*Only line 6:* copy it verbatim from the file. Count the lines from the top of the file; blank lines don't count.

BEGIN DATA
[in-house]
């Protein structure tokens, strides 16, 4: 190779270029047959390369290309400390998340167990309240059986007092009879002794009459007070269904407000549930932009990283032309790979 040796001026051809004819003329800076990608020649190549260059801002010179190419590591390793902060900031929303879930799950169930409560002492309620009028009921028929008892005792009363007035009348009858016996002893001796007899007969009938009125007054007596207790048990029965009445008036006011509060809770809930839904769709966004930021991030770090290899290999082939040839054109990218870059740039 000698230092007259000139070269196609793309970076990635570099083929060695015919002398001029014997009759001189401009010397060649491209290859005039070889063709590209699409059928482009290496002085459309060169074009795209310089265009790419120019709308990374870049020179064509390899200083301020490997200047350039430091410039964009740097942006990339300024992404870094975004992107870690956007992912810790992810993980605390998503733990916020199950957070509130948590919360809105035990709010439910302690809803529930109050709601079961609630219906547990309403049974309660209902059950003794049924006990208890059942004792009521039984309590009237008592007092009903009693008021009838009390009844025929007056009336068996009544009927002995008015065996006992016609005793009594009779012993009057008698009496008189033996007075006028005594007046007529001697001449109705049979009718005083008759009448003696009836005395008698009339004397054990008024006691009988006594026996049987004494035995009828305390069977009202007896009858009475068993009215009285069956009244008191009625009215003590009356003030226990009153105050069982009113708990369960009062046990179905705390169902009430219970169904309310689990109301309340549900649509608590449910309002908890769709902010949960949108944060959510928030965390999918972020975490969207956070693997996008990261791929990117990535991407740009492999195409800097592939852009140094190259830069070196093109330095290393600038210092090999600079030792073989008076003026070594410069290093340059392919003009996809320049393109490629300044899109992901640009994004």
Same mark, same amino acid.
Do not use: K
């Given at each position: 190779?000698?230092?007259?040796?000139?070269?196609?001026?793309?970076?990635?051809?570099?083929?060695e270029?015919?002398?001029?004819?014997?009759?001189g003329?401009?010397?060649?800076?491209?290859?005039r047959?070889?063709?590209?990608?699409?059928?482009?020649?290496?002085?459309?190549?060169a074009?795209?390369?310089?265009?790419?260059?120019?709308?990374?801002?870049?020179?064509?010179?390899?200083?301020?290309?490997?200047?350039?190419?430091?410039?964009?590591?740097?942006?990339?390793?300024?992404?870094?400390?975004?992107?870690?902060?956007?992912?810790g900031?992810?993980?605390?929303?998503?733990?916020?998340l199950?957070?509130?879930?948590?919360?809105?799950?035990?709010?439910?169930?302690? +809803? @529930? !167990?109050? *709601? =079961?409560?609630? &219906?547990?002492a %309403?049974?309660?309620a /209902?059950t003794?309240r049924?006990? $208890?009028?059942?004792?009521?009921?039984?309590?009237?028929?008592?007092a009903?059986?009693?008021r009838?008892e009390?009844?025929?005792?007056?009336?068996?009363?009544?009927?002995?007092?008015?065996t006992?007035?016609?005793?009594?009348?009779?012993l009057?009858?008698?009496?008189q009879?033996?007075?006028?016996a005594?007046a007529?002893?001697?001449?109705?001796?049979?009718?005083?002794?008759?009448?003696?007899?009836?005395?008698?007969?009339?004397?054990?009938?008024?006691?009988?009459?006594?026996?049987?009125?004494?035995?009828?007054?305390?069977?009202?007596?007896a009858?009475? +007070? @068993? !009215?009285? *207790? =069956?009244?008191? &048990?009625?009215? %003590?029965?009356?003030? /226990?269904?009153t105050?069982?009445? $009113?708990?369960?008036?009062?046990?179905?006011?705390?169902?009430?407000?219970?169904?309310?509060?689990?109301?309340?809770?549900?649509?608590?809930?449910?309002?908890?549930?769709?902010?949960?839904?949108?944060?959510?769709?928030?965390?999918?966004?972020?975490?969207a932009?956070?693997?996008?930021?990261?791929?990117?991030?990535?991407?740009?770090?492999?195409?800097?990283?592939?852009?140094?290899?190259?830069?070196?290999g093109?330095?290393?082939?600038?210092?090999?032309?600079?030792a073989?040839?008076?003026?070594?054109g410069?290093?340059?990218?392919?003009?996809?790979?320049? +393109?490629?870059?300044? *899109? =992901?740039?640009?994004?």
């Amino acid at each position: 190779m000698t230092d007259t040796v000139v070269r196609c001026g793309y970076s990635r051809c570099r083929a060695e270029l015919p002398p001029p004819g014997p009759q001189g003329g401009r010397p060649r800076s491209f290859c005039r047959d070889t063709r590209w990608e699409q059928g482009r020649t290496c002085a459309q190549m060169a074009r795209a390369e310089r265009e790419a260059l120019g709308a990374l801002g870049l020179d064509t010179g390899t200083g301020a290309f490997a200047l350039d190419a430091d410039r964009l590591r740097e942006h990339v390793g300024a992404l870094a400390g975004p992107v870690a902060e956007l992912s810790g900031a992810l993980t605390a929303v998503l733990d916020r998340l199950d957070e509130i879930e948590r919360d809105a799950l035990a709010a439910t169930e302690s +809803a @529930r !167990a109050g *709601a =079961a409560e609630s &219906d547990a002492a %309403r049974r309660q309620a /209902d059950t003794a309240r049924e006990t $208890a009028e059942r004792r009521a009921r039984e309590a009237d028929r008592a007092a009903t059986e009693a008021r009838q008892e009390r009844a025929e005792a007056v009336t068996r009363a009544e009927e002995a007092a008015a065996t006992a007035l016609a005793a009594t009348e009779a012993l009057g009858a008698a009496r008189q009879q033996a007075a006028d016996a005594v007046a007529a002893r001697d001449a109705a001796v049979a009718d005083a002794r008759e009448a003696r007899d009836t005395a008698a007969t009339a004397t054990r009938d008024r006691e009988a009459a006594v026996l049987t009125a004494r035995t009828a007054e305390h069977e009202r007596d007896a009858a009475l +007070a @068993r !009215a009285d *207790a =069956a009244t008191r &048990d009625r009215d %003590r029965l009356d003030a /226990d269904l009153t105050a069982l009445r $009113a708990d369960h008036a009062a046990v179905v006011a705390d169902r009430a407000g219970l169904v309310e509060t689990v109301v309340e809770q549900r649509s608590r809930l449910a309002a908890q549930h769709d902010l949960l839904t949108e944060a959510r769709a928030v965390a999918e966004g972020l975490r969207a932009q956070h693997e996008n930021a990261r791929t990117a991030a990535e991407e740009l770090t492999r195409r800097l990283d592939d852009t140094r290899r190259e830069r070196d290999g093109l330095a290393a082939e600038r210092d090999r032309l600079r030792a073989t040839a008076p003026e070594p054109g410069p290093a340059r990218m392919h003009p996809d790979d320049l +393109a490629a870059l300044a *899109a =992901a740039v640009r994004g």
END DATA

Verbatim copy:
């Amino acid at each position: 190779m000698t230092d007259t040796v000139v070269r196609c001026g793309y970076s990635r051809c570099r083929a060695e270029l015919p002398p001029p004819g014997p009759q001189g003329g401009r010397p060649r800076s491209f290859c005039r047959d070889t063709r590209w990608e699409q059928g482009r020649t290496c002085a459309q190549m060169a074009r795209a390369e310089r265009e790419a260059l120019g709308a990374l801002g870049l020179d064509t010179g390899t200083g301020a290309f490997a200047l350039d190419a430091d410039r964009l590591r740097e942006h990339v390793g300024a992404l870094a400390g975004p992107v870690a902060e956007l992912s810790g900031a992810l993980t605390a929303v998503l733990d916020r998340l199950d957070e509130i879930e948590r919360d809105a799950l035990a709010a439910t169930e302690s +809803a @529930r !167990a109050g *709601a =079961a409560e609630s &219906d547990a002492a %309403r049974r309660q309620a /209902d059950t003794a309240r049924e006990t $208890a009028e059942r004792r009521a009921r039984e309590a009237d028929r008592a007092a009903t059986e009693a008021r009838q008892e009390r009844a025929e005792a007056v009336t068996r009363a009544e009927e002995a007092a008015a065996t006992a007035l016609a005793a009594t009348e009779a012993l009057g009858a008698a009496r008189q009879q033996a007075a006028d016996a005594v007046a007529a002893r001697d001449a109705a001796v049979a009718d005083a002794r008759e009448a003696r007899d009836t005395a008698a007969t009339a004397t054990r009938d008024r006691e009988a009459a006594v026996l049987t009125a004494r035995t009828a007054e305390h069977e009202r007596d007896a009858a009475l +007070a @068993r !009215a009285d *207790a =069956a009244t008191r &048990d009625r009215d %003590r029965l009356d003030a /226990d269904l009153t105050a069982l009445r $009113a708990d369960h008036a009062a046990v179905v006011a705390d169902r009430a407000g219970l169904v309310e509060t689990v109301v309340e809770q549900r649509s608590r809930l449910a309002a908890q549930h769709d902010l949960l839904t949108e944060a959510r769709a928030v965390a999918e966004g972020l975490r969207a932009q956070h693997e996008n930021a990261r791929t990117a991030a990535e991407e740009l770090t492999r195409r800097l990283d592939d852009t140094r290899r190259e830069r070196d290999g093109l330095a290393a082939e600038r210092d090999r032309l600079r030792a073989t040839a008076p003026e070594p054109g410069p290093a340059r990218m392919h003009p996809d790979d320049l +393109a490629a870059l300044a *899109a =992901a740039v640009r994004g």